It is true that the double pendulum exhibits integrable behavior, when the initial angles are very small, however, in general, it is very difficult to characterize the chaotic behavior of the double pendulum in terms of the initial angles. There are other representations which provide a clearer picture of its chaotic behavior.
The introductory section of the following article by O. A. Richter, and reference therein describe the main characteristics of the double pendulum integrability. I'll summarize here the main facts:
(Remarks: The numerical values correspond to a standard double pendulum of unit masses and unit rod lengths and unit acceleration due to gravity)
The total energy of the double pendulum is a constant of motion. The double pendulum possesses 4 equilibrium points corresponding to total energies $E= 0, 2, 4, 6$. The total energy determines the topology of the energy hypersurfaces, for $E<2$, the energy hypersurfaces are three spheres, while for $E>6$ , the energy hypersurfaces are three tori.
To further understand this point, in the case of very low energies, the system can be approximated (linearized) to an isotropic harmonic oscillator. The energy hypersurfaces are then of the form $x_1^2+x_2^2+p_1^2+p_2^2=E = const.$, while for the case of very large energies, the kinetic energy dominates and we can neglect gravity. In this case, there are two types of solutions of the equation of motion, one in which the outer rod rotates and the inner rod oscillates, and the second in which both rods rotate. The transition between the two types of solutions is determined by the value of the total angular $L$ momentum which becomes a constant of motion (due to the lack of gravity). For the standard double pendulum the transition occurs at $ L^2 = 2E$.
Both limits (small and large energies) correspond to integrable systems. This is well known, but here is a short explanation.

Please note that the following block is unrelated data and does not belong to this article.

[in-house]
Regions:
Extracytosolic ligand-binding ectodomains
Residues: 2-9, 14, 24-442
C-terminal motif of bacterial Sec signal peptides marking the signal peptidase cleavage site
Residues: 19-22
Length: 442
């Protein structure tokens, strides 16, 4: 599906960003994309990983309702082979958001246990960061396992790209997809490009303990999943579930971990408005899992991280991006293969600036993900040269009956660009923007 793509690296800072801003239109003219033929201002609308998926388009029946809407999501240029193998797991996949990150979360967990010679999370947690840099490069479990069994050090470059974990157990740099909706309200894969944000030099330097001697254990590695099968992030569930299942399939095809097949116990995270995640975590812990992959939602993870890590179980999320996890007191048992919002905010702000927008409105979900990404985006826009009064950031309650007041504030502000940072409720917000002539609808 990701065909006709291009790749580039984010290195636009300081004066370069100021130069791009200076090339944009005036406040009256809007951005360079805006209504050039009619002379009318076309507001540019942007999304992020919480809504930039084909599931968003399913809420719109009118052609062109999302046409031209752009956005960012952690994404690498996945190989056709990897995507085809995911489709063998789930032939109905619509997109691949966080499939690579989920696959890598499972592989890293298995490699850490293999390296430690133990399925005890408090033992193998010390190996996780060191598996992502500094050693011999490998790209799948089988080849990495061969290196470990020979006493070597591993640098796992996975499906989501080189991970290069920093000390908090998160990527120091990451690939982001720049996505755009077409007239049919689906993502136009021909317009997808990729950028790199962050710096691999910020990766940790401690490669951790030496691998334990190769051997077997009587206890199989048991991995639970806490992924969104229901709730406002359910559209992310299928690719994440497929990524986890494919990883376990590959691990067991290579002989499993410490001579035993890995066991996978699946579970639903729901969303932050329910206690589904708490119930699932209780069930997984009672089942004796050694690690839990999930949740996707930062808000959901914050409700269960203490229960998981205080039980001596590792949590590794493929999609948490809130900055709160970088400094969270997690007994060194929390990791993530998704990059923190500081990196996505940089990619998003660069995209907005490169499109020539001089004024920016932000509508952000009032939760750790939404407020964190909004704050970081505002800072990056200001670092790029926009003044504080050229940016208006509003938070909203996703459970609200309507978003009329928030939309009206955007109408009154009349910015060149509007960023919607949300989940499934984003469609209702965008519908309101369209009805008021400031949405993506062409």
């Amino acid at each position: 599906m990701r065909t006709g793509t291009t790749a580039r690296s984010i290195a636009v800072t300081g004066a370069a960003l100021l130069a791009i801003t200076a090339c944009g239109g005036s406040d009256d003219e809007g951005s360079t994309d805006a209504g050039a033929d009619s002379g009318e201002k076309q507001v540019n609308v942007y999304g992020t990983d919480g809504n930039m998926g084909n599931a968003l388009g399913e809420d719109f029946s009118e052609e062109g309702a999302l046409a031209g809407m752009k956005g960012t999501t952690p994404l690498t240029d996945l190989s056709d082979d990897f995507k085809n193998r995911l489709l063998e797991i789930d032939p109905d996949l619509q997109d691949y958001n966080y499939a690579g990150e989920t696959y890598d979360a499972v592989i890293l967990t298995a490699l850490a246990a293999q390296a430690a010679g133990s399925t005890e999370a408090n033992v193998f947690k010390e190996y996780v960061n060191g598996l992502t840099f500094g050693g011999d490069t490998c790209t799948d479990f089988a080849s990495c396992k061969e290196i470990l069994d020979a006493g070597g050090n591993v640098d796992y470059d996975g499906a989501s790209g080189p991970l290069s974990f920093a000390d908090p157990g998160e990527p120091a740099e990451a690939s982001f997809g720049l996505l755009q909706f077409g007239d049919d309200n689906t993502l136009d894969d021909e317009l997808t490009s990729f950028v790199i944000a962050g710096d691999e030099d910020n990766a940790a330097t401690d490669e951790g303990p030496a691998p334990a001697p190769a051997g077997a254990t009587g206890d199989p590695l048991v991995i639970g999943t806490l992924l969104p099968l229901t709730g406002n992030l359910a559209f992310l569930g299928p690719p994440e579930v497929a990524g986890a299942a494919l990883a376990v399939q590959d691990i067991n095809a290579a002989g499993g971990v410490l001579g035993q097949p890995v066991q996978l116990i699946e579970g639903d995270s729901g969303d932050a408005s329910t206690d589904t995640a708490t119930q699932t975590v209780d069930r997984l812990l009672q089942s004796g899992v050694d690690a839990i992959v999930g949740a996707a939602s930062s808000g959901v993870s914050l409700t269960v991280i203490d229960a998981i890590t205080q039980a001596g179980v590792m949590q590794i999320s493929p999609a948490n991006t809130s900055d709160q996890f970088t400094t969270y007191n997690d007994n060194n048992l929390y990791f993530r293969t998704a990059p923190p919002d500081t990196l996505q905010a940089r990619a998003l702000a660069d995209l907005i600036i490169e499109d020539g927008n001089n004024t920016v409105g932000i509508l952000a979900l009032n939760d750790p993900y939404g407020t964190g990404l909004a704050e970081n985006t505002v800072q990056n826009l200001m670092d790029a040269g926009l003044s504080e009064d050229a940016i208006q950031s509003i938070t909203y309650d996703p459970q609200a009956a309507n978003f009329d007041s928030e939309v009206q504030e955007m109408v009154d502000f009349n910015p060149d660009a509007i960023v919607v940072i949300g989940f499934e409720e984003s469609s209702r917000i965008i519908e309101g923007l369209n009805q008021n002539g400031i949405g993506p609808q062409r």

To see that the isotropic harmonic oscillator is integrable, one needs to solve the equations of motion in polar coordinates.
The polar angle just rotates with a constant angular velocity, and the radial coordinates oscillates in such a way that the trajectory has the shape of a two trip course through the donut hole drawn on the surface of a two-torus. This is the Liouville-Arnold torus (whose existence indicates the system's integrability) with respect to which the three sphere energy hypersurface is foliated.
In the high energy limit, a similar Liouville-Arnold torus exists when the inner rod oscillates and a torus generated by the two polar angles when the two angles rotate.
(Here the exact solution is more difficult, see for example, the following article by Enolskii, Pronine, and Richter.
Now, since both limits of vanishing and very high energies correspond to integrable systems, the total energy also controls the system characteristics, but the dependence here is much more complicated.
The transition from integrability to chaos and back as the total energy decreases from infinity to zero is described in figure 2 of Richter's article. There are a lot of details, but here are the main features: The figure correspond to the projection of the trajectories
onto the plane spanned by the outer rod angle and the total angular momenta. For very large angular momentum, the projections of the trajectories are horizontal lines with constant angular momenta (which is a constant of motion). As the energy is reduced, two disjoint chaotic regions are formed, the integrable trajectories correspond to rational and irrational tori, together with stable resonances. At about E = 10.352 which corresponds to the golden winding ratio, all irrational tori vanish and a transition to global chaos occurs.
The stable resonances also vanish eventually, at the low energies the resonances corresponding to the second integrable region start to appear.